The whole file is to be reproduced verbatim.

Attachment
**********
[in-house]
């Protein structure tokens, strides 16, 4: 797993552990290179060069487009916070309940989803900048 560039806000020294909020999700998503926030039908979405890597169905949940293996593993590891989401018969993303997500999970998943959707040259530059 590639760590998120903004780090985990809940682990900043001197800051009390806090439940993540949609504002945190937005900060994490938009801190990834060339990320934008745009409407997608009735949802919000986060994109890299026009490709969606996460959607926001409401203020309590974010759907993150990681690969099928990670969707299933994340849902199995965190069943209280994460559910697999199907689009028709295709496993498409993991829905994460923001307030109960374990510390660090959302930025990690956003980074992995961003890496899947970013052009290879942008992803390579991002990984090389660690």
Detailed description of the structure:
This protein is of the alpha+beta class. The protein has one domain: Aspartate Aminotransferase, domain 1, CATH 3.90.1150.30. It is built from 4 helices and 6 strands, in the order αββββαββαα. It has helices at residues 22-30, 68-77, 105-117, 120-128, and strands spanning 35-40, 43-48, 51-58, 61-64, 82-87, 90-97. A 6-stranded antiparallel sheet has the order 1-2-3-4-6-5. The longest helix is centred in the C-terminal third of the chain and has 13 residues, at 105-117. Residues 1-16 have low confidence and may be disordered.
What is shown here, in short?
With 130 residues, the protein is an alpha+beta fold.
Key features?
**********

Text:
[in-house]
């Protein structure tokens, strides 16, 4: 797993552990290179060069487009916070309940989803900048 560039806000020294909020999700998503926030039908979405890597169905949940293996593993590891989401018969993303997500999970998943959707040259530059 590639760590998120903004780090985990809940682990900043001197800051009390806090439940993540949609504002945190937005900060994490938009801190990834060339990320934008745009409407997608009735949802919000986060994109890299026009490709969606996460959607926001409401203020309590974010759907993150990681690969099928990670969707299933994340849902199995965190069943209280994460559910697999199907689009028709295709496993498409993991829905994460923001307030109960374990510390660090959302930025990690956003980074992995961003890496899947970013052009290879942008992803390579991002990984090389660690």
Detailed description of the structure:
This protein is of the alpha+beta class. The protein has one domain: Aspartate Aminotransferase, domain 1, CATH 3.90.1150.30. It is built from 4 helices and 6 strands, in the order αββββαββαα. It has helices at residues 22-30, 68-77, 105-117, 120-128, and strands spanning 35-40, 43-48, 51-58, 61-64, 82-87, 90-97. A 6-stranded antiparallel sheet has the order 1-2-3-4-6-5. The longest helix is centred in the C-terminal third of the chain and has 13 residues, at 105-117. Residues 1-16 have low confidence and may be disordered.
What is shown here, in short?
With 130 residues, the protein is an alpha+beta fold.
Key features?